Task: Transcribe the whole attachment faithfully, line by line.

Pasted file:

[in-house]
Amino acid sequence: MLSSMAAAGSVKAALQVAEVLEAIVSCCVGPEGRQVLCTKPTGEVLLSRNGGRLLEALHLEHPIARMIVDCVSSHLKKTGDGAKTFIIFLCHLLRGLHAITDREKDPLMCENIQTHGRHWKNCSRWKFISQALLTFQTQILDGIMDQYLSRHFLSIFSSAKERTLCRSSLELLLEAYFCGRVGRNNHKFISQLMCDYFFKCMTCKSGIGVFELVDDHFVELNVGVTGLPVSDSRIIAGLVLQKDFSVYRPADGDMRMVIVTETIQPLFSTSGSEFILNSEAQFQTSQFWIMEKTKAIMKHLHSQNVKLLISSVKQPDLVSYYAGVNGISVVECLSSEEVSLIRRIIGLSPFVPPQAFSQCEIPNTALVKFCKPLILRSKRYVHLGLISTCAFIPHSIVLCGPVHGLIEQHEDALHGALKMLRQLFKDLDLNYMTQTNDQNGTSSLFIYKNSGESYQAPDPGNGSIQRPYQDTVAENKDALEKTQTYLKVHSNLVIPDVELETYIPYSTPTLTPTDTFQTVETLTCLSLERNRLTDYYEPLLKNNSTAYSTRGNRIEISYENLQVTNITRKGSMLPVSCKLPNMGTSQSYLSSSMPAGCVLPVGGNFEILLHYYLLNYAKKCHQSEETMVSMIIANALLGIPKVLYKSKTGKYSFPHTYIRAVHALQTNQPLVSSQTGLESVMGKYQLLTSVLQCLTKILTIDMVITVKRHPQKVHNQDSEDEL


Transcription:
[in-house]
Amino acid sequence: MLSSMAAAGSVKAALQVAEVLEAIVSCCVGPEGRQVLCTKPTGEVLLSRNGGRLLEALHLEHPIARMIVDCVSSHLKKTGDGAKTFIIFLCHLLRGLHAITDREKDPLMCENIQTHGRHWKNCSRWKFISQALLTFQTQILDGIMDQYLSRHFLSIFSSAKERTLCRSSLELLLEAYFCGRVGRNNHKFISQLMCDYFFKCMTCKSGIGVFELVDDHFVELNVGVTGLPVSDSRIIAGLVLQKDFSVYRPADGDMRMVIVTETIQPLFSTSGSEFILNSEAQFQTSQFWIMEKTKAIMKHLHSQNVKLLISSVKQPDLVSYYAGVNGISVVECLSSEEVSLIRRIIGLSPFVPPQAFSQCEIPNTALVKFCKPLILRSKRYVHLGLISTCAFIPHSIVLCGPVHGLIEQHEDALHGALKMLRQLFKDLDLNYMTQTNDQNGTSSLFIYKNSGESYQAPDPGNGSIQRPYQDTVAENKDALEKTQTYLKVHSNLVIPDVELETYIPYSTPTLTPTDTFQTVETLTCLSLERNRLTDYYEPLLKNNSTAYSTRGNRIEISYENLQVTNITRKGSMLPVSCKLPNMGTSQSYLSSSMPAGCVLPVGGNFEILLHYYLLNYAKKCHQSEETMVSMIIANALLGIPKVLYKSKTGKYSFPHTYIRAVHALQTNQPLVSSQTGLESVMGKYQLLTSVLQCLTKILTIDMVITVKRHPQKVHNQDSEDEL